The very value of loyalty is being called into question. Tradition has it that political parties could rely and take for granted the loyal commitment of their members in parliament. A way should have been sought whereby backbenchers felt more involved, while respecting the prime minister's prerogative to choose not only his ministers but also the composition and size of his Cabinet.

Events are developing at a fast pace which are visibly weakening the prime minister. How can a backbencher vote out a minister and a permanent representative of the country with just a tame reactionary condemnation from the party executive? It shows just what a prisoner Lawrence Gonzi has become due to the behaviour of his backbenchers.

Beppe Fenech Adami was perfectly comprehensible when stating that he would not approve the recandidature of a backbencher who voted out a minister but it is totally incorrect in not insisting that the backbenchers be heard before being condemned.

The prime minister should have been equally forceful. Just stating that consequences follow such disloyal behaviour is not sufficient.

Condemnation by the executive should have led to an election being called. In the absence of such action, uncertainty will carry on increasing. The summer parliamentary recess - whenever it is declared - will not stop the haemorrhaging, as the backbenchers are most likely to carry on with their public statements of disagreement.

Dissent in political parties is not unheard of in European parliamentary democracies. But when dissent does take place, the leader of a party either resigns or else cleans up his stable by calling an election. More so if it happens more than once. Gonzi has obstinately chosen to ignore the writing on the wall.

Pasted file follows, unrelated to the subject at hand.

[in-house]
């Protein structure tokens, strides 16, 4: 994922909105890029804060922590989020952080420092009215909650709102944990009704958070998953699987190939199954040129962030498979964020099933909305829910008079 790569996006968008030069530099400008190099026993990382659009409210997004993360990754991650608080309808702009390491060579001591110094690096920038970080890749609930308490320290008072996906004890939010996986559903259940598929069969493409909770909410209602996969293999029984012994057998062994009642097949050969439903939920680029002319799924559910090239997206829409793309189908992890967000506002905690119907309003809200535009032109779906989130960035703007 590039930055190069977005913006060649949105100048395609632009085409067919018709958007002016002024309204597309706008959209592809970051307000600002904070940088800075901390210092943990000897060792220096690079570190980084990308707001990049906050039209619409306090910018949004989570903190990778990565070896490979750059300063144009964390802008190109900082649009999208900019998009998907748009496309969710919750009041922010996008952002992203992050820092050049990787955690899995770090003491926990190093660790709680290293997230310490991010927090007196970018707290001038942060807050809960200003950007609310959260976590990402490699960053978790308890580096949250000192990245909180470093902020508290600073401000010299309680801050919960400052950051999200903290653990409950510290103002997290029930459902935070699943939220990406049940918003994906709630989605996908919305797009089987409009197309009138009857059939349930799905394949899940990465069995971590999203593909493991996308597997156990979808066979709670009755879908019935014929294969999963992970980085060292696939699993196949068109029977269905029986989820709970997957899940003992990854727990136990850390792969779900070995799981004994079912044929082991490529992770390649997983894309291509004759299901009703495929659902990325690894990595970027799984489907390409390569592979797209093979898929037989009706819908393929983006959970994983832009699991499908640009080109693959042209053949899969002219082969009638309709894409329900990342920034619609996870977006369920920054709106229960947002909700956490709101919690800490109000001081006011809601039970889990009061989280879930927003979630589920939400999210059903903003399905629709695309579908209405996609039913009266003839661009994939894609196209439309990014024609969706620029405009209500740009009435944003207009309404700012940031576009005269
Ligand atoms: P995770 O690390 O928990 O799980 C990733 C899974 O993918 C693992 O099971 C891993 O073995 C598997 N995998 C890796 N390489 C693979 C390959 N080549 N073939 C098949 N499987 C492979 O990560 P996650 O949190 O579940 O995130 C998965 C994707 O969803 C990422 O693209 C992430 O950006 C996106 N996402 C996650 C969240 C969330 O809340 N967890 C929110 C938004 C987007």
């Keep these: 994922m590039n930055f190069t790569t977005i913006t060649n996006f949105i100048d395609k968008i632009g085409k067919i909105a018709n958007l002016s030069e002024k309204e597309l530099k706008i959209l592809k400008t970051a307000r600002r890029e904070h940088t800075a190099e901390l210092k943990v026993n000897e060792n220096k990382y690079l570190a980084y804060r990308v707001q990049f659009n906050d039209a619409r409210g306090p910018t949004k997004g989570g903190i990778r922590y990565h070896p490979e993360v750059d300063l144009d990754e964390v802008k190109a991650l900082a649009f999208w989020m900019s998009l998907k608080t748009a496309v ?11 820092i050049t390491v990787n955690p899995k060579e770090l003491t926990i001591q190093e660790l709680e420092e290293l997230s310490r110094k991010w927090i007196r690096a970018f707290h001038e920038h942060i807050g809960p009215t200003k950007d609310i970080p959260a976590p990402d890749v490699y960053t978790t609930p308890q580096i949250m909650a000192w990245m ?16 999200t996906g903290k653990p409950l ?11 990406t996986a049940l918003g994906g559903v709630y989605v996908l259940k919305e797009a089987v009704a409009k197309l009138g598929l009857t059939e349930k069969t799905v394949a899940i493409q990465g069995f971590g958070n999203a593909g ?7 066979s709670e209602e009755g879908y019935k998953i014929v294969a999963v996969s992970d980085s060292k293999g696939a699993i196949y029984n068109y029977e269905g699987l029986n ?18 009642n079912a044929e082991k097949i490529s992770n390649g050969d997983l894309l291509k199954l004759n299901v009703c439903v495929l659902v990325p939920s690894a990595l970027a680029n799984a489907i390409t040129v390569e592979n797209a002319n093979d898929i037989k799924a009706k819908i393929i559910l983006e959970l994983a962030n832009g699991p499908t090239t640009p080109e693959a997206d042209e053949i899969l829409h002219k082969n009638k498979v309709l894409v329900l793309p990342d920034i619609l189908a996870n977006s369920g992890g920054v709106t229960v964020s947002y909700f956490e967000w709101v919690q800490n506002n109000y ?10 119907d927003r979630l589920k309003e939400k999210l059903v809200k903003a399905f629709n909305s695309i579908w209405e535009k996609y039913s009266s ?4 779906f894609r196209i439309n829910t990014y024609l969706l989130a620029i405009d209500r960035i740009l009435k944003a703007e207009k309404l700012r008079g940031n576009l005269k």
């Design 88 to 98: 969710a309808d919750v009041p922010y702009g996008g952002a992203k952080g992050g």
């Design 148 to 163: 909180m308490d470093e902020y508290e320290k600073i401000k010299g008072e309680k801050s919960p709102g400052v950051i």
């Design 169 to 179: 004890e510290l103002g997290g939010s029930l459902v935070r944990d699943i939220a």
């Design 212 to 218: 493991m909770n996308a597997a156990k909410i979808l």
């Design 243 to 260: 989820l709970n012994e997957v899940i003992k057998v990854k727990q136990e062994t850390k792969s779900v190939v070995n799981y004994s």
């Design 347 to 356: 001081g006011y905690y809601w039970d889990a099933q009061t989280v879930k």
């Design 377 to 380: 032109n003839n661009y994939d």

Those backbenchers who disagree with their party could decide to either hang on to their seat or in the event of total breakdown with their party, to resign.

The way forward for anyone in a political party who disagrees fundamentally with decisions being taken is to either fight internally to convince and persuade others, or else to give up and leave.  

The backbenchers may be right on many issues - including the need for further reforms which the country needs - and indeed, there is evidence that many of their ideas, like party financing and cohabitation, are finally being put on the agenda. This shows that their protests have not completely fallen on deaf ears but their methods are often questioned.

As things stand today, it is clear that the current parliamentary situation can only deteriorate, and the logical conclusion is for a general election to be held at once. The prime minister has an obligation towards the country and his party's future.

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Luke Camilleri
They laughed and jibed when Mintoff went to China way back in the 70's and America and the rest of the worled followed.... even the P.N. !